The word leukodystrophy comes from the Greek words leuko (meaning white), trophy (meaning growth), and dys (meaning ill). If you put these words together, the word leukodystrophy describes a set of diseases that affect the growth or maintenance of the white matter (myelin).

Leukodystrophies differ from multiple sclerosis (MS) in that leukodystrophies are caused by a defect in the genes involved with growth or maintenance of the myelin while MS is believed to be caused by an attack on the myelin by the body's own immune system.

 

How does a gene defect cause Canavan Disease?

All of our genes code for specific proteins, which have specific roles in our bodies. In Canavan disease, a defect in the ASPA gene causes an absence of a vital enzyme called aspartoacylase (ASPA.) An enzyme is a type of protein. The job of the ASPA enzyme is to break down N-acetylaspartate acid (NAA). When NAA builds up in the brain it leads to the symptoms of Canavan Disease.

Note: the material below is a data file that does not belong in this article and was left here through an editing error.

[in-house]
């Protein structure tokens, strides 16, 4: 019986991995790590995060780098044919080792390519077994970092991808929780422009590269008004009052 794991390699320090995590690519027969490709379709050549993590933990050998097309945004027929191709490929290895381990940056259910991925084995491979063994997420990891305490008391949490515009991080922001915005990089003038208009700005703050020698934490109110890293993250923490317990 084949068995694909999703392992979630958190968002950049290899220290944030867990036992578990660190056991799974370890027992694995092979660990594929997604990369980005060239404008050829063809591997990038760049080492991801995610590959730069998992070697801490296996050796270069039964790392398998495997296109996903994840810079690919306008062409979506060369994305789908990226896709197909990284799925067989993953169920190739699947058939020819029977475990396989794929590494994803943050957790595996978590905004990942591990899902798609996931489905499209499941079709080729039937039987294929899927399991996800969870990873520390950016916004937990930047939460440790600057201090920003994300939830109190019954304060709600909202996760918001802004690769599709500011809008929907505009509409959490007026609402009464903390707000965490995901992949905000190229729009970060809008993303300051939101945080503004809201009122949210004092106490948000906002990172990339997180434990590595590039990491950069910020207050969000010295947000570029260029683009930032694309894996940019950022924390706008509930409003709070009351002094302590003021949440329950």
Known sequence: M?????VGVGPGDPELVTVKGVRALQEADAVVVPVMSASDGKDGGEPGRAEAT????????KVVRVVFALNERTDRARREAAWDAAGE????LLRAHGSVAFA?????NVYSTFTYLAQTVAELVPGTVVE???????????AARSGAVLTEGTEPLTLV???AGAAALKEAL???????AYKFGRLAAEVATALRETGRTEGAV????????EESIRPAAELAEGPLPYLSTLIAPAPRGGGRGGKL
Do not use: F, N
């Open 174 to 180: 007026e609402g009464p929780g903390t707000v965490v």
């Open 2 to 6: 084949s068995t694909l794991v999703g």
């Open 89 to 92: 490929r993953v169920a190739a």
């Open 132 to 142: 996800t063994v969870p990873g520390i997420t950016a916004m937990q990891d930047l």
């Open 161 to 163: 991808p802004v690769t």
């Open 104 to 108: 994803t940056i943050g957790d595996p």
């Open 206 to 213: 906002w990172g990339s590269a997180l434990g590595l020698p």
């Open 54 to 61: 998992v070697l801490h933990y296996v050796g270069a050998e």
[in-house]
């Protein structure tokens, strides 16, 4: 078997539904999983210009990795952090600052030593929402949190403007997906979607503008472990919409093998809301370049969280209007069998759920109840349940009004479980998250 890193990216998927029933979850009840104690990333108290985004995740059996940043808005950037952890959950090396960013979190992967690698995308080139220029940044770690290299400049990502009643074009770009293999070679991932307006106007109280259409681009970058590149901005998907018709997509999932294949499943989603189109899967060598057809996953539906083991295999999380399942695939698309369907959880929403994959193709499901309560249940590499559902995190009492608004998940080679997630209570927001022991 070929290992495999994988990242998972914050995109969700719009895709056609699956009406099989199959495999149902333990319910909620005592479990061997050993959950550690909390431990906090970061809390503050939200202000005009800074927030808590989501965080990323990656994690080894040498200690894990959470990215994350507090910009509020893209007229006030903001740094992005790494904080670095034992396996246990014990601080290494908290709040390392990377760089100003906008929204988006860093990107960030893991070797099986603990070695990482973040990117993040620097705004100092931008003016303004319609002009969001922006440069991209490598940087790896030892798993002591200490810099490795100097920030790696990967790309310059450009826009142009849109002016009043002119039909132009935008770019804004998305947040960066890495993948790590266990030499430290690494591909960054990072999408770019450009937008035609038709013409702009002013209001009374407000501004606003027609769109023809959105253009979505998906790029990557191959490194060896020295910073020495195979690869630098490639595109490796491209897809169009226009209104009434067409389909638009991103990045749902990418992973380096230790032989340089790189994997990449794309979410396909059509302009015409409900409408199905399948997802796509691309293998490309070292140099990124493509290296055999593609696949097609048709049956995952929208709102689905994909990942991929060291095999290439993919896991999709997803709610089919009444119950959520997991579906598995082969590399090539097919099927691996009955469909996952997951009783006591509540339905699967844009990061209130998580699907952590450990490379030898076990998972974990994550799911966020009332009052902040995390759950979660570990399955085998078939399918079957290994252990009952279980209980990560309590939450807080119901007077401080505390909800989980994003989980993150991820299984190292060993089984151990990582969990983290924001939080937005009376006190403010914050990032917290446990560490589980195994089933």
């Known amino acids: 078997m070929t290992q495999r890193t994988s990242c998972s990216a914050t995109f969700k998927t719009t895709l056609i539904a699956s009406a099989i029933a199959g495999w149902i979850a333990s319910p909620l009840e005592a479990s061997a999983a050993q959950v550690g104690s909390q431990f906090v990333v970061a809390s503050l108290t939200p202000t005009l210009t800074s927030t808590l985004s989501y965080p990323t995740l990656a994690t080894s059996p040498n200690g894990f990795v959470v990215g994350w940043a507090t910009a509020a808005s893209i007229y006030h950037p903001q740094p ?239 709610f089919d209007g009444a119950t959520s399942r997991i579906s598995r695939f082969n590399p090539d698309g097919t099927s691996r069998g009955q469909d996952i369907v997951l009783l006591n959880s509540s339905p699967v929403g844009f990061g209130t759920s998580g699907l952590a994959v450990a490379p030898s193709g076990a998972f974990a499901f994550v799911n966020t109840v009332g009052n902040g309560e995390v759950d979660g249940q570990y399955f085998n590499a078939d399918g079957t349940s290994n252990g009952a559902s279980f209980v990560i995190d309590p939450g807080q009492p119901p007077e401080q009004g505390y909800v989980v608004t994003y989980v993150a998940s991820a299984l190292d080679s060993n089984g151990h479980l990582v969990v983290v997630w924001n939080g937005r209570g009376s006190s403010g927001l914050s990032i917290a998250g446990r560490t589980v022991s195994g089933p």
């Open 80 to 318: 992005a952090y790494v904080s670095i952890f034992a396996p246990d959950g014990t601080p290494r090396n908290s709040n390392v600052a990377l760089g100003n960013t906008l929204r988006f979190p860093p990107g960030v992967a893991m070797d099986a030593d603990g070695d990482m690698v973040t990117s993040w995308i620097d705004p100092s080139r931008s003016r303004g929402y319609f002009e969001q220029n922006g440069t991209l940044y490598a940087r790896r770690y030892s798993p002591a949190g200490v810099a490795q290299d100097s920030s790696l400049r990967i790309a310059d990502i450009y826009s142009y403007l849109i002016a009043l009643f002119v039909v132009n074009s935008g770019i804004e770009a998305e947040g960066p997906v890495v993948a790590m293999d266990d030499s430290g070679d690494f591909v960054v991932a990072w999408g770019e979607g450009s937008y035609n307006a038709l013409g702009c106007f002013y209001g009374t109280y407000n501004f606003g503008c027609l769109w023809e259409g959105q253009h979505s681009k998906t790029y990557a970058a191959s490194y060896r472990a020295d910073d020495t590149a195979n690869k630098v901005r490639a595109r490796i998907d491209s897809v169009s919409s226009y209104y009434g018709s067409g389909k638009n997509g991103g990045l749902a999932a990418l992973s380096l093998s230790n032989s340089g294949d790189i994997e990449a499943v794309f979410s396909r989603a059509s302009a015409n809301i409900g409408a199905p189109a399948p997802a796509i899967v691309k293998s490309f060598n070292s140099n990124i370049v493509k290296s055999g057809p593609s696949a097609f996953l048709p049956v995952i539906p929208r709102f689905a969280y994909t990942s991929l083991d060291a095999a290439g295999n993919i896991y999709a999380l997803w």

It is sometimes helpful to think of the substrate and the enzyme as a lock and a key. The substrate is the lock, and the enzyme is the key. If the key is made incorrectly, it is not going to fit into the lock. An enzyme is a type of protein. In order for any protein to function correctly, it must contain the correct parts (which are called amino acids) and also be folded correctly.

The enzyme is made incorrectly if the gene that codes for the enzyme contains a spelling error, which is called a mutation. Mutations in the gene can cause the enzyme to contain incorrect parts, or cause it to be folded incorrectly. Sometimes the mutations in the gene cause the enzyme to not be made at all. In infantile Canavan disease, no enzyme is made. In juvenile/milder forms of Canavan disease, some enzyme is made, so there is less build up of NAA in the brain.